SCHOOL ORGANIZATIONAL HEALTH AND TEACHER SUSTAINABILITY: CANADIAN OFFSHORE SCHOOLS IN EGYPT
University of British Columbia (CANADA)
About this paper:
Appears in: INTED2011 Proceedings
Publication year: 2011
Conference name: 5th International Technology, Education and Development Conference
Dates: 7-9 March, 2011
Location: Valencia, Spain
Abstract:Global mobility of the workforce and competition to attract and retain top talent compels organizations to develop healthy workplace environments that support employee engagement, well-being and retention. Within the education sector, many studies examine issues surrounding teacher retention, however, only a few studies were found that examine expatriate teacher turnover in international schools. While these studies contemplate the role of the workplace environment, they do not examine expatriate teacher turnover from a workplace health perspective. Thus, the primary objective of this study was to determine if workplace health plays a role in expatriate teacher sustainability in international schools from the perspectives of expatriate teachers, and in doing so, provide a new way to think about the role of international school environments in supporting expatriate teacher sustainability.
Teachers were interviewed at Canadian Offshore Schools in Egypt and qualitative data analysis was undertaken using inductive thematic analysis. The findings of this study revealed that workplace health plays a role in expatriate teachers’ decisions to leave or remain working at Canadian Offshore Schools in Egypt. Supportive relationships with administrators and colleagues, opportunities for career development and growth, job challenge, work demands and adequate compensation and benefits were among the features described by expatriate teachers as important to retention. Other reasons to stay were associated with the development of relationships beyond the schools and personal motivations.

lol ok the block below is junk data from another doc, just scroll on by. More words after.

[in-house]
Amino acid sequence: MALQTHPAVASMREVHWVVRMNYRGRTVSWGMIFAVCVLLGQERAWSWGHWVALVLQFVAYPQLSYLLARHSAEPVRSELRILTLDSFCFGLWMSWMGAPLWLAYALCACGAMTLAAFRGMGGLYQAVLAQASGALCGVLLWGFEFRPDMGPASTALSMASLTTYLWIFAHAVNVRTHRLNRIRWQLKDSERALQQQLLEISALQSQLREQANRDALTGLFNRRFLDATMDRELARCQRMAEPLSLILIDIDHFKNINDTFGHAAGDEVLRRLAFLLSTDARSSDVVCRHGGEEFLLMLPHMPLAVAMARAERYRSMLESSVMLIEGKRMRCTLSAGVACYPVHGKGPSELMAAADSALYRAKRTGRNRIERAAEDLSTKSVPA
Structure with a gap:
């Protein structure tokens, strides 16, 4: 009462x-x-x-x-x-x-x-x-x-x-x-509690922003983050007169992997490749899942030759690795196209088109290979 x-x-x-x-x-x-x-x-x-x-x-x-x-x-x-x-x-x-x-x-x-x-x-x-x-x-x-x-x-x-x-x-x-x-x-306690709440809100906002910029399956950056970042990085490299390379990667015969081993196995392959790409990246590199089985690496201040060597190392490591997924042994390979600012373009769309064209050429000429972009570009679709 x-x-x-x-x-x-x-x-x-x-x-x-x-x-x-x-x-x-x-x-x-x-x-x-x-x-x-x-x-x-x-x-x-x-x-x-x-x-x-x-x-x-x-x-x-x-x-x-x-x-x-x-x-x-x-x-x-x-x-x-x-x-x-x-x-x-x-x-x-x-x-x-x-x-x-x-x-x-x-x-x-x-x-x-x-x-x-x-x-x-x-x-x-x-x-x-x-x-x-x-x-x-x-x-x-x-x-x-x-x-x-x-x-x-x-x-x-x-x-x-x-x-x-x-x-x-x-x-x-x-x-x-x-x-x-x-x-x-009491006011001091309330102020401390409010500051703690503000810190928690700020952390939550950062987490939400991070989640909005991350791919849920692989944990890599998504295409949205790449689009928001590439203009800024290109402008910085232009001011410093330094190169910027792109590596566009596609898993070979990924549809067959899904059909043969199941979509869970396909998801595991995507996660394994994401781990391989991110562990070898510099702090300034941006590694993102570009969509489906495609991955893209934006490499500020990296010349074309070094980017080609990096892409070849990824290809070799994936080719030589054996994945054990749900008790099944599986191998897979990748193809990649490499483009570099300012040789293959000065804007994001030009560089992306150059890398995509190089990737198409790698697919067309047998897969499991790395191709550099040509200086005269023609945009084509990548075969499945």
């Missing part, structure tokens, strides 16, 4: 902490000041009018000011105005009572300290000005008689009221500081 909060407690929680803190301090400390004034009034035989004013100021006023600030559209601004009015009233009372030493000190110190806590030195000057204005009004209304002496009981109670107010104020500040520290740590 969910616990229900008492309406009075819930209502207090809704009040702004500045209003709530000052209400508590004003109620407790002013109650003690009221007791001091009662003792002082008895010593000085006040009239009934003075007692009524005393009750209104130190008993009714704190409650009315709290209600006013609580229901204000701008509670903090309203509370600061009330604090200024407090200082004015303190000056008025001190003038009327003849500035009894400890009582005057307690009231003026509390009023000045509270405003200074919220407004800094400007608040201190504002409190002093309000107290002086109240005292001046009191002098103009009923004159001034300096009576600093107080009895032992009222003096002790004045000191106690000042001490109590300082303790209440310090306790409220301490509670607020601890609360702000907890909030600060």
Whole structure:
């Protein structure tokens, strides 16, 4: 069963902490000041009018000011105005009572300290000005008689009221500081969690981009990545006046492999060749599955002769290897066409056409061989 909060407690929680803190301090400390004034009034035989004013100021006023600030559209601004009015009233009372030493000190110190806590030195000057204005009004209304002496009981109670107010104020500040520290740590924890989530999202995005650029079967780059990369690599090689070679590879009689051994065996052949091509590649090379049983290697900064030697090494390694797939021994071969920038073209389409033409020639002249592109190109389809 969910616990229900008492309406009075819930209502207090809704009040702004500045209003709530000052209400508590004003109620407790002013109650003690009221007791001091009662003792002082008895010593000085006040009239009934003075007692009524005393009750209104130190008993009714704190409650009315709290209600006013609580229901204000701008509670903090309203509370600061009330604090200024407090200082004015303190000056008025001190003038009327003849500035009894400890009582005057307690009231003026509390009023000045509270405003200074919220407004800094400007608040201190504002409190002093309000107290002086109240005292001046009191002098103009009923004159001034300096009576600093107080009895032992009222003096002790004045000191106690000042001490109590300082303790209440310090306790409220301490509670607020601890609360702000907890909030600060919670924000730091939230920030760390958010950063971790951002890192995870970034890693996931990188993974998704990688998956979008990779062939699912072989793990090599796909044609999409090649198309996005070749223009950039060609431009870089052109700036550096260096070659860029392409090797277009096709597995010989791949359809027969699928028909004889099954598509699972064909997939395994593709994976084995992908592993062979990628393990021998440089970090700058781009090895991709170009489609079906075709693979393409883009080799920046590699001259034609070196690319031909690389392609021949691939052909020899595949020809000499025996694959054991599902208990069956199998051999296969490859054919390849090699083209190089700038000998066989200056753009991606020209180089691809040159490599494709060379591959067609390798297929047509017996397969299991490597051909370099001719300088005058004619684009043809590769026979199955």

A number of implications arise from this study that may help to support expatriate teacher sustainability in Canadian Offshore Schools in Egypt. In addition to elements associated with workplace health, specific recommendations obtained from teachers concerning the recruitment process and the role schools can play in providing support to teachers to build relationships within and beyond the schools shed light on important issues that can serve to enhance teacher retention.
This research supports prior literature and provides a new lens through which to view teacher retention in Canadian Offshore Schools in Egypt. The first-hand perspective of expatriate teachers demonstrated in this study reinforces the role of workplace health in employee retention and provides information to support international workplace practices and recruitment and retention strategies toward organizational sustainability.
Keywords: Teacher retention, teacher turnover, Canadian Offshore Schools, healthy workplace, recruitment and retention, expatriate, organizational sustainability.